Webinar: Cooperation and conflict resolution in groundwater and aquifer management


Start: November 14, 2016 @ 10AM PT
End: November 14, 2016 @ 11AM PT


Online webinar

Presenter: Dr. Todd Jarvis, Oregon State University, Institute for Water and Watersheds

Conflicts over water depend on the characteristics of the resource. Conflicts over groundwater and aquifers are very different from those posed by surface water resources. Surface water negotiations typically focus on allocations and flows; negotiations over groundwater typically focus on storage and water quality. Whereas surface watersheds, the common boundary for integrated water resource management, are static, groundwater boundaries are value laden and constantly change during development. The resources are often times managed separately even though both resources are hydraulically connected. 

Formal groundwater hydrology differs dramatically from popular groundwater hydrology. Conflicting conceptual models are commonplace for both permeability architecture and groundwater circulation. Dueling experts can easily overtake conflicts focusing on identity, interests, and the investments and risks connected to groundwater and aquifers. 

Science remains at the core of groundwater and aquifer disputes. Disagreements over groundwater science and engineering are not easily defined without the assistance of experts trained that also exercise skills in process. Cooperation on groundwater and aquifer governance takes many forms by first dealing with the dueling experts situation through scientific mediation. Learning and experiencing different water negotiation frameworks through serious gaming enhances participatory approaches to adapting existing subsurface governance.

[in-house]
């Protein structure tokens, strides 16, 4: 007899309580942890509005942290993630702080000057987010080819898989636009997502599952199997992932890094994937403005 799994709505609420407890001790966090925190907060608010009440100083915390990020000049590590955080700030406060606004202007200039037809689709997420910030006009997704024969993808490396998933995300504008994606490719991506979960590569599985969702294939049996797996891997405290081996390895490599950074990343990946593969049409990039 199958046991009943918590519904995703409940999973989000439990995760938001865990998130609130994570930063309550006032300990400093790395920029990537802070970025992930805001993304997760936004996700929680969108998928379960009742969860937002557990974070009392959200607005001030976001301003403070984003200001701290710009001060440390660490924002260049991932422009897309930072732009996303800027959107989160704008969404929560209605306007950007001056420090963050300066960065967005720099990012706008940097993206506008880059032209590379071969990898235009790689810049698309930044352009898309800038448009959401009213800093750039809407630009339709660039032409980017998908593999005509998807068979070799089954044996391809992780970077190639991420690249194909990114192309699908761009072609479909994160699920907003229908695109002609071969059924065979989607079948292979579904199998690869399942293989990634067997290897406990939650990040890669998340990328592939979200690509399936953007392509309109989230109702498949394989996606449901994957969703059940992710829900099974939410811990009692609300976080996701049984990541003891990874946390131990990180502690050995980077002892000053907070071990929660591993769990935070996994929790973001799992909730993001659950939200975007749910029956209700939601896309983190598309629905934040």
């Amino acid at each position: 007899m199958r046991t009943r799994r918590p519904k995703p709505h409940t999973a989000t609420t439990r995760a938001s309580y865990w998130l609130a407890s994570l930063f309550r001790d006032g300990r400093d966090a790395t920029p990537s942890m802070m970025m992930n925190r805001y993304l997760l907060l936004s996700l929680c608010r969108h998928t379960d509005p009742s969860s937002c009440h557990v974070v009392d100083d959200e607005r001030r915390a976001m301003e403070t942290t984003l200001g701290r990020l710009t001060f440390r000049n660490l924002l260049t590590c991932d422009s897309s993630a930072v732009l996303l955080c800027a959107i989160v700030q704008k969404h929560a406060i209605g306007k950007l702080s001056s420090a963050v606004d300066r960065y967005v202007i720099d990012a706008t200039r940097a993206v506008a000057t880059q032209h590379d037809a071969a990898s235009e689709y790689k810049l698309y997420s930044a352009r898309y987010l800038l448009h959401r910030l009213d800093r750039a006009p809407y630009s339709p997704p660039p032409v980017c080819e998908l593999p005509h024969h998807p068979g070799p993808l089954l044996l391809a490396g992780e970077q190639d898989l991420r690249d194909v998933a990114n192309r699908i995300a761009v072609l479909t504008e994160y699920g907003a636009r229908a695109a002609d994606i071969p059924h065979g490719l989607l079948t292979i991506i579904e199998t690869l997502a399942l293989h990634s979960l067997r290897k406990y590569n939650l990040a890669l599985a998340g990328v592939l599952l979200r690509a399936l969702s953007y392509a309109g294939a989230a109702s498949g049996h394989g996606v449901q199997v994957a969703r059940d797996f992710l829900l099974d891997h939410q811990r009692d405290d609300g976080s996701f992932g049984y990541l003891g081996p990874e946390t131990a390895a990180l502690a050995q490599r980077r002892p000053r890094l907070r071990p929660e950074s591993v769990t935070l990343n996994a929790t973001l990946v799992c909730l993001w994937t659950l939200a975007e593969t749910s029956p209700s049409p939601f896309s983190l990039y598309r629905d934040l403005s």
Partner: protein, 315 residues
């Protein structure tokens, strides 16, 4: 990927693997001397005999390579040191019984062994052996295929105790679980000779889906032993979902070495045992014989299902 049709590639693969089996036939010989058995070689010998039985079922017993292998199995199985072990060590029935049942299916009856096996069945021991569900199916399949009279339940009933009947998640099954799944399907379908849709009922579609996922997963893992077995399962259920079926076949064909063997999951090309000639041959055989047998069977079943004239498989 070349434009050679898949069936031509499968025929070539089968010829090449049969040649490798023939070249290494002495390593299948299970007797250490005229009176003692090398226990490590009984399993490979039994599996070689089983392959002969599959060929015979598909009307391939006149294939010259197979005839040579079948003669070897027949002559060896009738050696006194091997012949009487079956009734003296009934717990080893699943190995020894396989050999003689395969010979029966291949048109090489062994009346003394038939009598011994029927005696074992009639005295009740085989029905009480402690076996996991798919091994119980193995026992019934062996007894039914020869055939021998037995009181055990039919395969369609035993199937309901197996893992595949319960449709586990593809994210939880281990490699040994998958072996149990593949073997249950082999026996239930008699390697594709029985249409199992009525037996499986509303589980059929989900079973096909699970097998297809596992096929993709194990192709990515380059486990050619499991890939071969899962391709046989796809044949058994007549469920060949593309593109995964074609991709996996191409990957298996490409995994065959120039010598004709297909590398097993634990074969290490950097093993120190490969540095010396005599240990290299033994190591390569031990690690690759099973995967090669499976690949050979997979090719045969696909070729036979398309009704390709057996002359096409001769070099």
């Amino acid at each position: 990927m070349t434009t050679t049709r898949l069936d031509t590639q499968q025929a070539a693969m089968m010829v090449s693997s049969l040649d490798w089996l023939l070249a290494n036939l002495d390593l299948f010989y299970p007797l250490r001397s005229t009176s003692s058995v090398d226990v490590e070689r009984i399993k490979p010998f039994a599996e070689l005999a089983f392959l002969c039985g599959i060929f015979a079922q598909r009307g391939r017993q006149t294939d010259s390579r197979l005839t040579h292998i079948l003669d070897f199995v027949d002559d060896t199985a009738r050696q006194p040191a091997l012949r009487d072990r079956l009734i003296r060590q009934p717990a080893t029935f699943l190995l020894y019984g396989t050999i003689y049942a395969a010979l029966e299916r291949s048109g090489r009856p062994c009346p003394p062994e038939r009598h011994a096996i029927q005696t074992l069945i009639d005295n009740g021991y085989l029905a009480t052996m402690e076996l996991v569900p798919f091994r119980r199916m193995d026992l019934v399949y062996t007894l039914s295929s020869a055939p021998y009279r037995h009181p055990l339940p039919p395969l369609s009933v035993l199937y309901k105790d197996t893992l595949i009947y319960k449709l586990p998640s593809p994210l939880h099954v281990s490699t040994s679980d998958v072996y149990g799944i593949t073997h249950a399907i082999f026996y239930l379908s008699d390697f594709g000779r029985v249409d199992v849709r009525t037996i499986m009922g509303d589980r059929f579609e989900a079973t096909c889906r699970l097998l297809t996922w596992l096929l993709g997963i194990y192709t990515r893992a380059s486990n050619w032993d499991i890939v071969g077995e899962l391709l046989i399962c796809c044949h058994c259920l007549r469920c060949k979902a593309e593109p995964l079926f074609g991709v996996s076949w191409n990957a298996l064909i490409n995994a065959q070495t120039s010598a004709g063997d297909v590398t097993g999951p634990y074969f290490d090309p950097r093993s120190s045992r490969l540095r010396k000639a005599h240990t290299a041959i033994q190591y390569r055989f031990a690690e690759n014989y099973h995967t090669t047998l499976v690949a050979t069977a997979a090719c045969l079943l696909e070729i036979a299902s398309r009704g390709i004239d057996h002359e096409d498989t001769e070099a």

Please register for the webinar here: https://attendee.gotowebinar.com/register/3101398323932002562

Todd Jarvis is a hydrogeologist with over 30 years of experience. Prior to joining Oregon State University with the Institute for Water & Watersheds and the College of Earth, Ocean, and Atmospheric Sciences, he worked for global water/wastewater engineering and groundwater engineering firms. He blogs on water at Rainbow Water Coalition and wrote Contesting Hidden Waters: Conflict Resolution for Groundwater and Aquifers. He serves as an adjunct faculty member at the University of Oregon Law School teaching Environmental Conflict Resolution and a consultant to UNESCO in their Shared Waters training program.

CBI Staff
Katie O'Connor, M.S.
Project Manager, Facilitator
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